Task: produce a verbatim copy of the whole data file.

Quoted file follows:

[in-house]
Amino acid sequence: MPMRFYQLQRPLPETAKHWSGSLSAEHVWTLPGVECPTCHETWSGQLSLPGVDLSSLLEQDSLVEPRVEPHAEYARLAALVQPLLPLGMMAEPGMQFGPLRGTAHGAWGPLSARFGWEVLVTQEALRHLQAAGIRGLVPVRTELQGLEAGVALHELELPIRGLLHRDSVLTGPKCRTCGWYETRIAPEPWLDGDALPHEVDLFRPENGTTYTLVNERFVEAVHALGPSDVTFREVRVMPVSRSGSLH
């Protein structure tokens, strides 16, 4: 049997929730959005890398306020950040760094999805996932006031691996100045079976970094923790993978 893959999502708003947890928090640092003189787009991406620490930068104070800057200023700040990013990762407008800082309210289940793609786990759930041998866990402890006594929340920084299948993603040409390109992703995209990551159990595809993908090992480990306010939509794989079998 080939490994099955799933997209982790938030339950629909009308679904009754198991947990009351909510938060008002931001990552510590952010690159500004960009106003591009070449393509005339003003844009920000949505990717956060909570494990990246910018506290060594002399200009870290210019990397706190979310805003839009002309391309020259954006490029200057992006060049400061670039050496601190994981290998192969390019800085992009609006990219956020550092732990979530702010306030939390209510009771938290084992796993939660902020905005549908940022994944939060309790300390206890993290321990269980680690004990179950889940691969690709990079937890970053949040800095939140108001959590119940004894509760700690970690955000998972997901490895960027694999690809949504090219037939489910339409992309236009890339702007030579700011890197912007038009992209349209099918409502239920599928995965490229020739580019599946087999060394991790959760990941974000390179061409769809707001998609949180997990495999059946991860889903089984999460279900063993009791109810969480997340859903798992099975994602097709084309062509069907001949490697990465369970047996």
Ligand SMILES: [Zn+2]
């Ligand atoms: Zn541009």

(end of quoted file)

[in-house]
Amino acid sequence: MPMRFYQLQRPLPETAKHWSGSLSAEHVWTLPGVECPTCHETWSGQLSLPGVDLSSLLEQDSLVEPRVEPHAEYARLAALVQPLLPLGMMAEPGMQFGPLRGTAHGAWGPLSARFGWEVLVTQEALRHLQAAGIRGLVPVRTELQGLEAGVALHELELPIRGLLHRDSVLTGPKCRTCGWYETRIAPEPWLDGDALPHEVDLFRPENGTTYTLVNERFVEAVHALGPSDVTFREVRVMPVSRSGSLH
């Protein structure tokens, strides 16, 4: 049997929730959005890398306020950040760094999805996932006031691996100045079976970094923790993978 893959999502708003947890928090640092003189787009991406620490930068104070800057200023700040990013990762407008800082309210289940793609786990759930041998866990402890006594929340920084299948993603040409390109992703995209990551159990595809993908090992480990306010939509794989079998 080939490994099955799933997209982790938030339950629909009308679904009754198991947990009351909510938060008002931001990552510590952010690159500004960009106003591009070449393509005339003003844009920000949505990717956060909570494990990246910018506290060594002399200009870290210019990397706190979310805003839009002309391309020259954006490029200057992006060049400061670039050496601190994981290998192969390019800085992009609006990219956020550092732990979530702010306030939390209510009771938290084992796993939660902020905005549908940022994944939060309790300390206890993290321990269980680690004990179950889940691969690709990079937890970053949040800095939140108001959590119940004894509760700690970690955000998972997901490895960027694999690809949504090219037939489910339409992309236009890339702007030579700011890197912007038009992209349209099918409502239920599928995965490229020739580019599946087999060394991790959760990941974000390179061409769809707001998609949180997990495999059946991860889903089984999460279900063993009791109810969480997340859903798992099975994602097709084309062509069907001949490697990465369970047996």
Ligand SMILES: [Zn+2]
């Ligand atoms: Zn541009």